Losing an All-Pro like Jason Peters should’ve hurt the Eagles more than it did. The City of Brotherly Love was in full-blown panic mode over second-year man Hal Vaitai taking over at right tackle, but an offensive line is one cohesive machine made up of five smaller parts. If four of the parts are excellent, they raise the efficiency of the fifth based on him not being overwhelmed.
Stefen Wisnewski, Jason Kelce and Brandon Brooks plug up the middle of the field with the best of them. Defensive tackles Lawrence Guy and Malcolm Brown are solid run stuffers but won’t strike fear into anybody. Playing against an elite offensive line, they should be pushed back to create running lanes for Philly’s stable of running backs.
Lane Johnson is one of the finest tackles in all of football, so Nick Foles’ blind side should be well protected. Having plenty of time to throw is what is what Foles needs to be effective… he needs to be comfortable. Johnson’s success in the Super Bowl will be mainly due to his talent, but also to the Patriots’ lack of a true pass rusher. Trey Flowers (6.5 sacks), Kyle Van Noy (5.5) and Deatrich Wise (5.0) led the team in sacks, but none of them have elite strength or quickness. Veteran James Harrison will see snaps, but he hasn’t seen much playing time all season and likely doesn’t pose much of a threat to the younger, spritely Johnson.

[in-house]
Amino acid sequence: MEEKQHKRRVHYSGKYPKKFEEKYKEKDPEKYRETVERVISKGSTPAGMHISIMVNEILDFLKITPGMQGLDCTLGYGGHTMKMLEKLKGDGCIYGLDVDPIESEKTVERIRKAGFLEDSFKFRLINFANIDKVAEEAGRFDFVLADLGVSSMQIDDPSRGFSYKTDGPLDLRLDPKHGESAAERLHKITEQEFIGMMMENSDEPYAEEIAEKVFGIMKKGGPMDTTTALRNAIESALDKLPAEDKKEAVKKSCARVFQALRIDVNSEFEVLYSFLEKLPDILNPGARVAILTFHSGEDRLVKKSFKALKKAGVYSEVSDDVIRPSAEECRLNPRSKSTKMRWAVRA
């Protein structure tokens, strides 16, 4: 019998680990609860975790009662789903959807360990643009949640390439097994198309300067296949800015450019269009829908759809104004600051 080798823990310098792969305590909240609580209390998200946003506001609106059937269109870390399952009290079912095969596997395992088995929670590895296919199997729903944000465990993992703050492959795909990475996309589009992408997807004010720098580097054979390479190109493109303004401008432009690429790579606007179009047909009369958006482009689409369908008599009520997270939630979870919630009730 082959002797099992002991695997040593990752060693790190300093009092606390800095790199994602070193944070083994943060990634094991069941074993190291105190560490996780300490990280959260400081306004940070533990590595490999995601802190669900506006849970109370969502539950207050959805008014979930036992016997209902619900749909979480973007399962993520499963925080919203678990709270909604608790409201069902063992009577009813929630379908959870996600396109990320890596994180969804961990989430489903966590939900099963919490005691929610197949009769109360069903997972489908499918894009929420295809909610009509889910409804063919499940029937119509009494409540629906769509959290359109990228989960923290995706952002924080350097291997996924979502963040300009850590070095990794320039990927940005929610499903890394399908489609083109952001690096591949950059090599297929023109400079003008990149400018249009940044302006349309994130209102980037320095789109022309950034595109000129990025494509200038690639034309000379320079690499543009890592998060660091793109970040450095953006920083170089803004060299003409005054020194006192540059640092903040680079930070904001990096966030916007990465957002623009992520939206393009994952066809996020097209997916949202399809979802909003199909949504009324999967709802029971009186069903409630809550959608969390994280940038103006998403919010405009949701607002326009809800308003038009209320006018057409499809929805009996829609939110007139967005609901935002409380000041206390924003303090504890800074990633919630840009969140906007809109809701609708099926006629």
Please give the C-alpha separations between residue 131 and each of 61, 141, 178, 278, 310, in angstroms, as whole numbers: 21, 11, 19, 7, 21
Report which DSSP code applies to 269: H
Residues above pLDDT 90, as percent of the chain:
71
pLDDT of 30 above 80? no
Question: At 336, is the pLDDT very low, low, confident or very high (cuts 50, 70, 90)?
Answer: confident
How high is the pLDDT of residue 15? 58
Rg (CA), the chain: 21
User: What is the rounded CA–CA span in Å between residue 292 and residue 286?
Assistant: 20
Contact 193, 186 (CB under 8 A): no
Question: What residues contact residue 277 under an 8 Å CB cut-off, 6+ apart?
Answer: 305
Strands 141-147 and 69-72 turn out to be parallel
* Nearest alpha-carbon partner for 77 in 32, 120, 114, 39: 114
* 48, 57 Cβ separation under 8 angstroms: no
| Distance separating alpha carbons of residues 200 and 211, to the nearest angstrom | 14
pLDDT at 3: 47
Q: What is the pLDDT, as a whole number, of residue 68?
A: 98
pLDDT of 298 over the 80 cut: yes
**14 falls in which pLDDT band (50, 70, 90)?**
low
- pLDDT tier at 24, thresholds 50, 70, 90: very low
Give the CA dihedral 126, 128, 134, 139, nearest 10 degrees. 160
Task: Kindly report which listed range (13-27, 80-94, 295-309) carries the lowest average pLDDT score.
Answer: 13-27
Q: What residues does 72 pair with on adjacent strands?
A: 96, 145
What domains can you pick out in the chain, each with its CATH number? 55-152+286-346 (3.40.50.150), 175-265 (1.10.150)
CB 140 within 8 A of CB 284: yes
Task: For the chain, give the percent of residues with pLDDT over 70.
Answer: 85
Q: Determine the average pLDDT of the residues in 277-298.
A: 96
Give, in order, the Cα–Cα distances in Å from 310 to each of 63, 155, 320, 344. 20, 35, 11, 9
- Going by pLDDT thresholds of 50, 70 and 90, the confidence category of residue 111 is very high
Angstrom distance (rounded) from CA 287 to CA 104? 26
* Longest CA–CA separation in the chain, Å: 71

Bill Belichick believes in having the RIGHT 53 men on his team instead of the BEST 53. His philosophy has obviously worked over the years, but when you’re taking on a top-tier unit like the Philadelphia O-line, not having an ace-in-the-hole pass rusher is a major weakness. Especially when elite defenders like Everson Griffen, Vic Beasley and Anthony Barr have not been able to get a sack on Nick Foles thus far in the playoffs.